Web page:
How to Avoid Hypothermia on Yellowstone Hiking Trips, Part One

Most of our Big Wild Adventures guided Yellowstone backpack trips are during the “summer season”, from June through September. So hypothermia should not be a problem. Right? Wrong! In fact, in Yellowstone and in all of the areas in the Rocky Mountain region where we guide, cold wet weather can occur any day of the year. True, most of these trips experience wonderful weather with cool mornings and warm sunny days with low humidity broken by occasional, usually short-lived afternoon thunderstorms.  Yet every so often, the weather goddess throws us a curve ball of cold wet conditions for which we must be prepared.

But before I note a couple of examples, what exactly is hypothermia, anyway? Simply put, it is a condition in which your core body temperature drops from the normal range, which is about 98-99 degrees Fahrenheit. Mild hypothermia is manifested by simple discomfort and shivering. But severe hypothermia, when shivering stops, is serious and life-threatening! Hypothermia most commonly occurs when temperatures are above freezing, usually in the 30’s and 40’s, when back-country campers and hikers allow themselves to become damp or wet or are just inadequately clothed in some combination of cold/wet/windy weather. The best way to deal with hypothermia? Prevention, prevention and prevention! More on this in parts two and three of this series.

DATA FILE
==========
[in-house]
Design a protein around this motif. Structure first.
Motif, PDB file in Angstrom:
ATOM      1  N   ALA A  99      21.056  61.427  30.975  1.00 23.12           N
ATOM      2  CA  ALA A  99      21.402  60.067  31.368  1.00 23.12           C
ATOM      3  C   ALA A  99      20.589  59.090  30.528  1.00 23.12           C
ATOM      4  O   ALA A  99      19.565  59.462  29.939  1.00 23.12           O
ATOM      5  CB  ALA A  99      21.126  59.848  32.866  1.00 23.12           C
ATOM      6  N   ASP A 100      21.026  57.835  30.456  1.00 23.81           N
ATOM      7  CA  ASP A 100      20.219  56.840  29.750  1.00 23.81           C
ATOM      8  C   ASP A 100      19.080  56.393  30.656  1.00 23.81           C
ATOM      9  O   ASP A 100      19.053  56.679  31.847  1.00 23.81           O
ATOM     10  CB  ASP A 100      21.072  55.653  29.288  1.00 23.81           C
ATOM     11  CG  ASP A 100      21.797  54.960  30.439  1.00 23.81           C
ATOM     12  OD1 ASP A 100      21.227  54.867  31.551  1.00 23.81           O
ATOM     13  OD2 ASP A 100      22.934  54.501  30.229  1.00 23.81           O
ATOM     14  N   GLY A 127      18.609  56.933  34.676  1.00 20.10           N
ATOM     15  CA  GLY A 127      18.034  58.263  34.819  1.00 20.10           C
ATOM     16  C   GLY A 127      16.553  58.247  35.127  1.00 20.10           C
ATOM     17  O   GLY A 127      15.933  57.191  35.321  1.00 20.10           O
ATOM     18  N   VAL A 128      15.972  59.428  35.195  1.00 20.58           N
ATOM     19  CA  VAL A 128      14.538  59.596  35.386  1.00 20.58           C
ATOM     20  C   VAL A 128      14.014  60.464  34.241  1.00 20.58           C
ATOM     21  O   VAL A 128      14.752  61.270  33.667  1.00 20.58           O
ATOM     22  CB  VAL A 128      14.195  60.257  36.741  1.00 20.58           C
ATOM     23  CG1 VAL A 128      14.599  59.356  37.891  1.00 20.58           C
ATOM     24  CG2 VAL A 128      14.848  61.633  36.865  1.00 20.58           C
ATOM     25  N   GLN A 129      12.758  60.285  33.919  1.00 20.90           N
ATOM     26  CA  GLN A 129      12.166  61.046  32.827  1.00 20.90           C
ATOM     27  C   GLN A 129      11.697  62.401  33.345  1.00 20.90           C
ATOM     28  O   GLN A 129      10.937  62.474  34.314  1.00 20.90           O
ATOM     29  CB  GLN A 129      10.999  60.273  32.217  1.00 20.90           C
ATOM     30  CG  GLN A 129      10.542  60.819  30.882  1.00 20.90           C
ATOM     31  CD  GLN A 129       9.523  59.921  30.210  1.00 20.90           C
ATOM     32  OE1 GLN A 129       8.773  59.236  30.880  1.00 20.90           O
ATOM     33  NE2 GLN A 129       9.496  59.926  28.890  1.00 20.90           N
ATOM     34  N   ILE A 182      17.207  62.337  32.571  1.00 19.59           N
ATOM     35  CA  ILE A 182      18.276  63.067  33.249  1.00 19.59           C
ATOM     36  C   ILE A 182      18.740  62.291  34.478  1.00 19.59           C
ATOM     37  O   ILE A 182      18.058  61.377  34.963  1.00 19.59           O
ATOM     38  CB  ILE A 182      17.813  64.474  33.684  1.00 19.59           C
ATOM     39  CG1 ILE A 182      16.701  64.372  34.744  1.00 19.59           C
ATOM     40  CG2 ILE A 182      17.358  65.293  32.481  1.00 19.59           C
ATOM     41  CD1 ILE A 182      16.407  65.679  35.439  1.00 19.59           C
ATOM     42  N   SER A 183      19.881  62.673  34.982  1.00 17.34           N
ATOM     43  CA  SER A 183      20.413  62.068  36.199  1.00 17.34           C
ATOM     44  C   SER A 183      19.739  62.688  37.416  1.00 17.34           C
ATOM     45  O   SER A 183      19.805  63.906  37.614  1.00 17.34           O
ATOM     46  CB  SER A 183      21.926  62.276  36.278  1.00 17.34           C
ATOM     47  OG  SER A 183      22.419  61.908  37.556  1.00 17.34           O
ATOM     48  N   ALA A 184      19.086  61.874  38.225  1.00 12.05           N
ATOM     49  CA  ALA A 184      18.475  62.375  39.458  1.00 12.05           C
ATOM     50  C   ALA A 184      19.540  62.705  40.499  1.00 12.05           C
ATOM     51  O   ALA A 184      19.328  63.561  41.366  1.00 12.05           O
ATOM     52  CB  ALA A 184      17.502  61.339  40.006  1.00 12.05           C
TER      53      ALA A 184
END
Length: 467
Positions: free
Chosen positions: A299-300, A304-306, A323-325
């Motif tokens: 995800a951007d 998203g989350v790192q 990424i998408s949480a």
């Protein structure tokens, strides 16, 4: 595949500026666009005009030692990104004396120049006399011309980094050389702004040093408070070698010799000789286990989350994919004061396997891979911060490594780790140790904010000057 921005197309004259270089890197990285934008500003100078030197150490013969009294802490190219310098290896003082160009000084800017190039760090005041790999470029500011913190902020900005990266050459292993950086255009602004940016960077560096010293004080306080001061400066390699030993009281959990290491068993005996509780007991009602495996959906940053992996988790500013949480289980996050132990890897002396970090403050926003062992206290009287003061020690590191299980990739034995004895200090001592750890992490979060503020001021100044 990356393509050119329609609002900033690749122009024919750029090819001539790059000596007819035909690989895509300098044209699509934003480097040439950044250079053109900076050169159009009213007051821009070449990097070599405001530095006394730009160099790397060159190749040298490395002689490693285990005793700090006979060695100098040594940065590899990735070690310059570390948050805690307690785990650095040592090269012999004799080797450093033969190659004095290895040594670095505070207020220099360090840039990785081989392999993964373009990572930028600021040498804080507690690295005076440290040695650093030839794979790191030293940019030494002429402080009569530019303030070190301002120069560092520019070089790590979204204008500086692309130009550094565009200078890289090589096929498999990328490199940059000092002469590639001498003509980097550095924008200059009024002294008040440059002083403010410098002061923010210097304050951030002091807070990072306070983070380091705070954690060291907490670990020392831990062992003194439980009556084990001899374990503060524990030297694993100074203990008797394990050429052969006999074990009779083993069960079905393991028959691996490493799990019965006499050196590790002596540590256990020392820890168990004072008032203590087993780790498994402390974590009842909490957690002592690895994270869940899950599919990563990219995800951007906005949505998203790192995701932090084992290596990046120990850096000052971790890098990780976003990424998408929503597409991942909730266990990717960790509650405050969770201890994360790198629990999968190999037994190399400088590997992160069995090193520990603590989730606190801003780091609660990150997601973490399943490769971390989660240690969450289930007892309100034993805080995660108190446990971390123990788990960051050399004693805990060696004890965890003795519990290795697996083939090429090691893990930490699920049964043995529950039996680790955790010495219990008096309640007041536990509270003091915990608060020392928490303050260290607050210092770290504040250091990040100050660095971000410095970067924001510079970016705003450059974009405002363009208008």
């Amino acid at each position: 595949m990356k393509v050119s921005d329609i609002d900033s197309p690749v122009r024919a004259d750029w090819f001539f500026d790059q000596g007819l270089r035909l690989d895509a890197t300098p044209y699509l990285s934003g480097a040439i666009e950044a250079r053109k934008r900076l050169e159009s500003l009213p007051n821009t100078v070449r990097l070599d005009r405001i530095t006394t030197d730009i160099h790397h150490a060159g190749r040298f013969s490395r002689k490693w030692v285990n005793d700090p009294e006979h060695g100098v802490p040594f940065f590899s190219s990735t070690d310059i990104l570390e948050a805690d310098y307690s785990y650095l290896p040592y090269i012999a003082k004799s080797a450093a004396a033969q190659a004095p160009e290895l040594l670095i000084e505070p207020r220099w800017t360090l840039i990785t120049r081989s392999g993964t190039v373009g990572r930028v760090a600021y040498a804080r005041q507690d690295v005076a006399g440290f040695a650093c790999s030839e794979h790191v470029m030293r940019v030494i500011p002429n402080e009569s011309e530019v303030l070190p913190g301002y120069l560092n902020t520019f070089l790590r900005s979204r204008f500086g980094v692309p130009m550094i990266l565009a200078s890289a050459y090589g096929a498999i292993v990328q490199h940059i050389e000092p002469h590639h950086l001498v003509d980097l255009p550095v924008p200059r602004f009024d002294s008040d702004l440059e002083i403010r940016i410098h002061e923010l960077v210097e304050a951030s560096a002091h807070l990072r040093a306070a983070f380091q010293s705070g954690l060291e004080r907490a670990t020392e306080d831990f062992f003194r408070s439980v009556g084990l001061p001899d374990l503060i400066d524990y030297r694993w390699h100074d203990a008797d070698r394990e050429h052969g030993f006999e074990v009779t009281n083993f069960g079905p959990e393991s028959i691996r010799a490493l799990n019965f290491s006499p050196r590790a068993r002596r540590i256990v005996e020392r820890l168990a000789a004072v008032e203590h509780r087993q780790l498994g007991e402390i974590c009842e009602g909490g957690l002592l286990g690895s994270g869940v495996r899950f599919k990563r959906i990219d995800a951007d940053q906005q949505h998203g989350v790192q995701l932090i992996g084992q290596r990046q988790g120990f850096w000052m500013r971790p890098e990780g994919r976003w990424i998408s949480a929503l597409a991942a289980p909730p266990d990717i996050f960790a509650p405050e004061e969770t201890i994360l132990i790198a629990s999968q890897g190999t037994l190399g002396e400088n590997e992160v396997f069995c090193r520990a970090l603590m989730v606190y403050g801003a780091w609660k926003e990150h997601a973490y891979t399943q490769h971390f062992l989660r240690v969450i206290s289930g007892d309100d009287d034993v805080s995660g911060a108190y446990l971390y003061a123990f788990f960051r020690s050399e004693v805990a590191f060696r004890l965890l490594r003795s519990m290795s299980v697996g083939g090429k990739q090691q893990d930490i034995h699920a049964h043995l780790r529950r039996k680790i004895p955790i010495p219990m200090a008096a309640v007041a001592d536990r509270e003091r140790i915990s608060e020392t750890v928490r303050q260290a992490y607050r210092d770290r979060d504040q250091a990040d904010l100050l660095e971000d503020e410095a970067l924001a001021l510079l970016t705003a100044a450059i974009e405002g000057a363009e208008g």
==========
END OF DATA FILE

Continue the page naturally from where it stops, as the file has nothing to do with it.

I mentioned that in the high country anything can happen any day of the year. For example, many years ago high in the Montana Absarokas, just north of Yellowstone, I guided a father and two teen-aged sons from southern California to a wilderness camp near treeline. It was July 4th weekend, and when the snowstorm began to break up it had dumped about sixteen inches of wet snow on our camp! Although the two boys loved it and wanted to stay out and finish the trip, Dad (the guy who paid for the trip) couldn’t get off the mountain and back to the Bozeman Comfort Inn fast enough! And realize: June is not summer and neither is most of September in the high country. Last September on the Northern Yellowstone Autumn trip, we got over a foot of wet snow — which made for some spectacular photo opportunities of fresh snow draped over conifers and green and gold quaking aspen. Fortunately, the group was well-prepared and we had a great time! Again, usually the mountain weather is great. But we believe in preparation. The next two installments will discuss specific ways in which folks can avoid hypothermia, regardless of the weather.

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